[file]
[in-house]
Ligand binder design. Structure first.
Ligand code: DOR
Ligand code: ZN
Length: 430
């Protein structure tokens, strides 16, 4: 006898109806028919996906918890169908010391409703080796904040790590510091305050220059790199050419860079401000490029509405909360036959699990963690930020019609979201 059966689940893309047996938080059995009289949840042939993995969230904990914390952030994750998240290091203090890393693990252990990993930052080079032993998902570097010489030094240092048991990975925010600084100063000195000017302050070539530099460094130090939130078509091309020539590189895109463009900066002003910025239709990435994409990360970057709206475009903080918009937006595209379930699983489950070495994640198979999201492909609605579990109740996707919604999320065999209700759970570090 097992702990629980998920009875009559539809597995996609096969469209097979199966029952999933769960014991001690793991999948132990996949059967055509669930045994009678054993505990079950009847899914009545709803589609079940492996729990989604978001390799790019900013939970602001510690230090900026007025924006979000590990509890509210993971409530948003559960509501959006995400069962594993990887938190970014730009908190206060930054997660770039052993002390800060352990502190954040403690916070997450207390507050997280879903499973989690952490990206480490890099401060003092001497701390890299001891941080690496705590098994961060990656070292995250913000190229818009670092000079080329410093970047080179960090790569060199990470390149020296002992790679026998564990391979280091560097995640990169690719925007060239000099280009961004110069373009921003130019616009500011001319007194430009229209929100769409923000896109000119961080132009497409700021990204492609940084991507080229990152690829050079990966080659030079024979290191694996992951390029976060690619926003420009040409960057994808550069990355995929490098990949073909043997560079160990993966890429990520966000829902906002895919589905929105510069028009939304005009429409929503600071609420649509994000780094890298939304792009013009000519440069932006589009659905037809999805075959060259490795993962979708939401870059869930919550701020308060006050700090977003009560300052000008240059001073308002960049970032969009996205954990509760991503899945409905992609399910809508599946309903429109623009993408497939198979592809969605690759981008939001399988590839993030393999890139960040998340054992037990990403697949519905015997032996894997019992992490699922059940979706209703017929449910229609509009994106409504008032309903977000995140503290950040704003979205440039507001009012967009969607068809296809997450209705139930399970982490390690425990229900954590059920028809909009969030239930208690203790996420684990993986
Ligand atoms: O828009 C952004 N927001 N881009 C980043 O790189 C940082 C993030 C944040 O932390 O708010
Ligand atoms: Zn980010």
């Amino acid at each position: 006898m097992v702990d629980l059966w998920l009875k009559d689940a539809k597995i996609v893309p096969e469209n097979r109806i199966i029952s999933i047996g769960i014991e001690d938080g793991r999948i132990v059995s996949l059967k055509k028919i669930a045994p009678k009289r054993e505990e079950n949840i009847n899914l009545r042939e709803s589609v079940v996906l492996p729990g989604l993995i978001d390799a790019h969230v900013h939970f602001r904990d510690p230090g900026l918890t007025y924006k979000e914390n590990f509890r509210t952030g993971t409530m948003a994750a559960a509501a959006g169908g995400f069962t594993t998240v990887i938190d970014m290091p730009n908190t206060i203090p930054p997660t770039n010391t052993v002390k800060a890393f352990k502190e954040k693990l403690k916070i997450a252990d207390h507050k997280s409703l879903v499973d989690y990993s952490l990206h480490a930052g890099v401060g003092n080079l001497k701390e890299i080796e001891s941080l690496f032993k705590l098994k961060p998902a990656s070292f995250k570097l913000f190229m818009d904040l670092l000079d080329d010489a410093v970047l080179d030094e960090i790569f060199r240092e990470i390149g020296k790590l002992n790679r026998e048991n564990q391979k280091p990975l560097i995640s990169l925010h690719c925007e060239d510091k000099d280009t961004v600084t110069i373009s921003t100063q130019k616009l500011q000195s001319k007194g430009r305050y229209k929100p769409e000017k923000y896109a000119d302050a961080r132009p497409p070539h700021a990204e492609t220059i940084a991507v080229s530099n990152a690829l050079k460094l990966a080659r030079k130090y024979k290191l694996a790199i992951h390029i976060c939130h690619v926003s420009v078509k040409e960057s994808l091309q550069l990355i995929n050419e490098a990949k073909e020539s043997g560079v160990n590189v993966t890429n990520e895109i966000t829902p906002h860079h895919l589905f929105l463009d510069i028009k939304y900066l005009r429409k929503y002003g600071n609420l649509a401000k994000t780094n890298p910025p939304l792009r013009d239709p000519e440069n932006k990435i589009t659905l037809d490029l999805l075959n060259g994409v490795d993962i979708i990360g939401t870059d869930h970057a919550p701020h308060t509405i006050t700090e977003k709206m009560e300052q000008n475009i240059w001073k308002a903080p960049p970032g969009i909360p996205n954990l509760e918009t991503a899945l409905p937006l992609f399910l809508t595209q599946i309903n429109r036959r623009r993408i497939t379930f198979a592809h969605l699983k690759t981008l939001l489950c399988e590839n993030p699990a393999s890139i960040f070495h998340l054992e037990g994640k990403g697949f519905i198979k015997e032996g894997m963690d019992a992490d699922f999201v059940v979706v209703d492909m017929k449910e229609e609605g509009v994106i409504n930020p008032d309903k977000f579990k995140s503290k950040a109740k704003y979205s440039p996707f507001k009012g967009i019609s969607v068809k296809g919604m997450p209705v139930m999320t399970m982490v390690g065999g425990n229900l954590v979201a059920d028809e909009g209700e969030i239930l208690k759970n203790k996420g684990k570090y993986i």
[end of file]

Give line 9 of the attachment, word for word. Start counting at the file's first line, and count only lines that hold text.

């Amino acid at each position: 006898m097992v702990d629980l059966w998920l009875k009559d689940a539809k597995i996609v893309p096969e469209n097979r109806i199966i029952s999933i047996g769960i014991e001690d938080g793991r999948i132990v059995s996949l059967k055509k028919i669930a045994p009678k009289r054993e505990e079950n949840i009847n899914l009545r042939e709803s589609v079940v996906l492996p729990g989604l993995i978001d390799a790019h969230v900013h939970f602001r904990d510690p230090g900026l918890t007025y924006k979000e914390n590990f509890r509210t952030g993971t409530m948003a994750a559960a509501a959006g169908g995400f069962t594993t998240v990887i938190d970014m290091p730009n908190t206060i203090p930054p997660t770039n010391t052993v002390k800060a890393f352990k502190e954040k693990l403690k916070i997450a252990d207390h507050k997280s409703l879903v499973d989690y990993s952490l990206h480490a930052g890099v401060g003092n080079l001497k701390e890299i080796e001891s941080l690496f032993k705590l098994k961060p998902a990656s070292f995250k570097l913000f190229m818009d904040l670092l000079d080329d010489a410093v970047l080179d030094e960090i790569f060199r240092e990470i390149g020296k790590l002992n790679r026998e048991n564990q391979k280091p990975l560097i995640s990169l925010h690719c925007e060239d510091k000099d280009t961004v600084t110069i373009s921003t100063q130019k616009l500011q000195s001319k007194g430009r305050y229209k929100p769409e000017k923000y896109a000119d302050a961080r132009p497409p070539h700021a990204e492609t220059i940084a991507v080229s530099n990152a690829l050079k460094l990966a080659r030079k130090y024979k290191l694996a790199i992951h390029i976060c939130h690619v926003s420009v078509k040409e960057s994808l091309q550069l990355i995929n050419e490098a990949k073909e020539s043997g560079v160990n590189v993966t890429n990520e895109i966000t829902p906002h860079h895919l589905f929105l463009d510069i028009k939304y900066l005009r429409k929503y002003g600071n609420l649509a401000k994000t780094n890298p910025p939304l792009r013009d239709p000519e440069n932006k990435i589009t659905l037809d490029l999805l075959n060259g994409v490795d993962i979708i990360g939401t870059d869930h970057a919550p701020h308060t509405i006050t700090e977003k709206m009560e300052q000008n475009i240059w001073k308002a903080p960049p970032g969009i909360p996205n954990l509760e918009t991503a899945l409905p937006l992609f399910l809508t595209q599946i309903n429109r036959r623009r993408i497939t379930f198979a592809h969605l699983k690759t981008l939001l489950c399988e590839n993030p699990a393999s890139i960040f070495h998340l054992e037990g994640k990403g697949f519905i198979k015997e032996g894997m963690d019992a992490d699922f999201v059940v979706v209703d492909m017929k449910e229609e609605g509009v994106i409504n930020p008032d309903k977000f579990k995140s503290k950040a109740k704003y979205s440039p996707f507001k009012g967009i019609s969607v068809k296809g919604m997450p209705v139930m999320t399970m982490v390690g065999g425990n229900l954590v979201a059920d028809e909009g209700e969030i239930l208690k759970n203790k996420g684990k570090y993986i």